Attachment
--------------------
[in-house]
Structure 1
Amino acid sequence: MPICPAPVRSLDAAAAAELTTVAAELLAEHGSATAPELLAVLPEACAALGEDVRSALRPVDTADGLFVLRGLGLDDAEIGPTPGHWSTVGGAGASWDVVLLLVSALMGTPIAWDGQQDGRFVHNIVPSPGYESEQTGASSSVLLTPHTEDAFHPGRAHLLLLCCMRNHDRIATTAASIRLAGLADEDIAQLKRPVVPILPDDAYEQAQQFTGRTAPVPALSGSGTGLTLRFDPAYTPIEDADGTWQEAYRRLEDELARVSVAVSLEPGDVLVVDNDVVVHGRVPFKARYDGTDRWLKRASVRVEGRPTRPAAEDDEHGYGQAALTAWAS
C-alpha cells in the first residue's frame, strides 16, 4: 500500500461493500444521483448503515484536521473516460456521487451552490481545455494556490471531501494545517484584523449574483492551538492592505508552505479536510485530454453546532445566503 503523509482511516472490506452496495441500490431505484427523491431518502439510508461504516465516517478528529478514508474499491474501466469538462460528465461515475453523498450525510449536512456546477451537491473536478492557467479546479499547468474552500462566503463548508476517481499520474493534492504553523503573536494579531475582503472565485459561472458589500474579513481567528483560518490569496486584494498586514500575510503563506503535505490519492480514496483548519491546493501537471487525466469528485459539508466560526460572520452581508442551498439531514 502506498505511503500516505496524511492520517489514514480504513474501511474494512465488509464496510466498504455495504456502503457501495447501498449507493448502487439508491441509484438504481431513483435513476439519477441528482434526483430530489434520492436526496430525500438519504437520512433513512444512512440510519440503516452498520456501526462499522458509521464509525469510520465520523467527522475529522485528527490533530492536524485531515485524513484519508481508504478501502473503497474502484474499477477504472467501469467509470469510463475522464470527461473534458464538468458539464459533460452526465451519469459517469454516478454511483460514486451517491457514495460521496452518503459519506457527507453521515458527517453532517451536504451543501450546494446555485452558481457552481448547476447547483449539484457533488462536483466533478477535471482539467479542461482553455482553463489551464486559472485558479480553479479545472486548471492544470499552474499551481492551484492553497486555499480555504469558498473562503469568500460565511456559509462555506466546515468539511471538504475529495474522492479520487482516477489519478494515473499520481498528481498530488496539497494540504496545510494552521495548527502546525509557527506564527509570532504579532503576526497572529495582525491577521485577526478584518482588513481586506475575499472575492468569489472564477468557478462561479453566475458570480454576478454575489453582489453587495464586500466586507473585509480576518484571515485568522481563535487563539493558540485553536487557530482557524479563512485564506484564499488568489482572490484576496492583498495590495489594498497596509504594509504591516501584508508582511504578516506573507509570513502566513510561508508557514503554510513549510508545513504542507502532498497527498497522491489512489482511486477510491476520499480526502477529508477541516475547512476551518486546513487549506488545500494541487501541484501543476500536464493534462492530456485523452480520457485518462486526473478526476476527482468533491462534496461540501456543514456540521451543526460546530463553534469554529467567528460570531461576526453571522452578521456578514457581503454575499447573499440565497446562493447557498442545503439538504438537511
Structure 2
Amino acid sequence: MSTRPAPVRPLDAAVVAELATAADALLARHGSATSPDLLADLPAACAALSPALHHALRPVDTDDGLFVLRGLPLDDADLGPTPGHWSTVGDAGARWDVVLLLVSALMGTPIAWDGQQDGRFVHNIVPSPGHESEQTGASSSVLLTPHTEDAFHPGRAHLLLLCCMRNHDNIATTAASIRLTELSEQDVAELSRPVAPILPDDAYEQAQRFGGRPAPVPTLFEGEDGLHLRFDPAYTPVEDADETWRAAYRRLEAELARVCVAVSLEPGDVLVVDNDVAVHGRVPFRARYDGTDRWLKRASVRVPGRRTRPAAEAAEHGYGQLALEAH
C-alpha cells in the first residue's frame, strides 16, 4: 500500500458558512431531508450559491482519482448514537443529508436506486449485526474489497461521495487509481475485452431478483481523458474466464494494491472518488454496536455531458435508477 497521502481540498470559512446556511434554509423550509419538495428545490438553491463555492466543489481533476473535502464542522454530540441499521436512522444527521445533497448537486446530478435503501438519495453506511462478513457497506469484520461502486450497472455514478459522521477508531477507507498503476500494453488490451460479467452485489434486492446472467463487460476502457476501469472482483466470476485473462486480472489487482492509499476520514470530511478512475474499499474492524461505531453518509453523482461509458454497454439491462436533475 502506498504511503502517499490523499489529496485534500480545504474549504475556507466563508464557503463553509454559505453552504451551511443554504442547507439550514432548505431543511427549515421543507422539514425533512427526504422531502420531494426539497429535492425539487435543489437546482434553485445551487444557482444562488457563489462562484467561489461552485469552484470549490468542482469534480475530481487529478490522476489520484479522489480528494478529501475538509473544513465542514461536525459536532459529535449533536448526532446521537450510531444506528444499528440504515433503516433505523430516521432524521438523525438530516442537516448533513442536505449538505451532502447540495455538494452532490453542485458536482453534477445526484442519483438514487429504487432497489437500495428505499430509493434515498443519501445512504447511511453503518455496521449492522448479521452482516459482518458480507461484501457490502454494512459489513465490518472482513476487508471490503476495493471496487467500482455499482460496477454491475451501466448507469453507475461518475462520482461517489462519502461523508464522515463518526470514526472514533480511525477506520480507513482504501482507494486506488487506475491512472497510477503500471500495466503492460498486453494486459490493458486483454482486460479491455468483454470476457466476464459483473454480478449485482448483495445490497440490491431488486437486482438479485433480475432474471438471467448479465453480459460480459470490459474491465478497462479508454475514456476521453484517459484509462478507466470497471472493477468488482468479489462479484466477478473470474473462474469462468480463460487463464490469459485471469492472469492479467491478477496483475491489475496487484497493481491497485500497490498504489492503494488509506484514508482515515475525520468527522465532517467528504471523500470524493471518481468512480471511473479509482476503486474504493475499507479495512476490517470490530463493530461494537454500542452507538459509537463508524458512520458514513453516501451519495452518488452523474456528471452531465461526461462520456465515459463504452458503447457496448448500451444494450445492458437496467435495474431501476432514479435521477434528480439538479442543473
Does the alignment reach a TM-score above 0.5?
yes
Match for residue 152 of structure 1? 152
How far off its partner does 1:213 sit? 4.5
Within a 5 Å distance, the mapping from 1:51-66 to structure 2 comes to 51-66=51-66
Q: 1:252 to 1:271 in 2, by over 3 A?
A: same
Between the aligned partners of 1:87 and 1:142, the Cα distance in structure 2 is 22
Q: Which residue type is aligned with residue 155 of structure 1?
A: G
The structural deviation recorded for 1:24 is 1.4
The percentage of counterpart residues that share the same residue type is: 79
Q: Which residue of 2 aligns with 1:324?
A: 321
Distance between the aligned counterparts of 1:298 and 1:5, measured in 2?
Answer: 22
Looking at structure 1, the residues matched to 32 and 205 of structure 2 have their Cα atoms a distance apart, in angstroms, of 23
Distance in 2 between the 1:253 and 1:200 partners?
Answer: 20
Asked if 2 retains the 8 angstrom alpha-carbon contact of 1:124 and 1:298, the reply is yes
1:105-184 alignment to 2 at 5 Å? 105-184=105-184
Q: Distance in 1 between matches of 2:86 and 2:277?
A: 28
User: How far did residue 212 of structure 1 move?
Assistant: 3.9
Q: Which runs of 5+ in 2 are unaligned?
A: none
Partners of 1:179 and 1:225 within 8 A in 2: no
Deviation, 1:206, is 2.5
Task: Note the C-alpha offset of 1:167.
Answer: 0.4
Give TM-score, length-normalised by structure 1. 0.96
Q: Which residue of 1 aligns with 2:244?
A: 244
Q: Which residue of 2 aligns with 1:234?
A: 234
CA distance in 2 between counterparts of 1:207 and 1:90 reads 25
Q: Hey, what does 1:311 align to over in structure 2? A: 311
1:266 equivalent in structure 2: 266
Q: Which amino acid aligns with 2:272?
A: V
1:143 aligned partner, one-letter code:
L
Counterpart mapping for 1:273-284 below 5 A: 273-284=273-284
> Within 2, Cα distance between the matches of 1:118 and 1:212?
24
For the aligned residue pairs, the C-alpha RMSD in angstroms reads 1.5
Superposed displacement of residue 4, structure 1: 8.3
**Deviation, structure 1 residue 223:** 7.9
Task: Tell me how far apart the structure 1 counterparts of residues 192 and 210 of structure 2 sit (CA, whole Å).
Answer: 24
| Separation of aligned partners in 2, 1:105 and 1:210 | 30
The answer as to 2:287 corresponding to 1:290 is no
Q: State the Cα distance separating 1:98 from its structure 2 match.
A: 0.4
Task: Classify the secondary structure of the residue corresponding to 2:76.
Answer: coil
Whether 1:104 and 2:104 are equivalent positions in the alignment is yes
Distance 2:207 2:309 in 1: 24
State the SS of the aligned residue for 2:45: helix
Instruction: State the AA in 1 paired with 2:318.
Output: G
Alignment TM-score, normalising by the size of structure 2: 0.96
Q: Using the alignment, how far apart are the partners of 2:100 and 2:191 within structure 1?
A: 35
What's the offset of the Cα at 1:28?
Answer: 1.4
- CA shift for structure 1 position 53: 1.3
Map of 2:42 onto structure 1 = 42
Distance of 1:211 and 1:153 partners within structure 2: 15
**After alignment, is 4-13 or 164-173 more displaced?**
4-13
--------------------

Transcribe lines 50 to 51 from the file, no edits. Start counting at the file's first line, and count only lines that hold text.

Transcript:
L
Counterpart mapping for 1:273-284 below 5 A: 273-284=273-284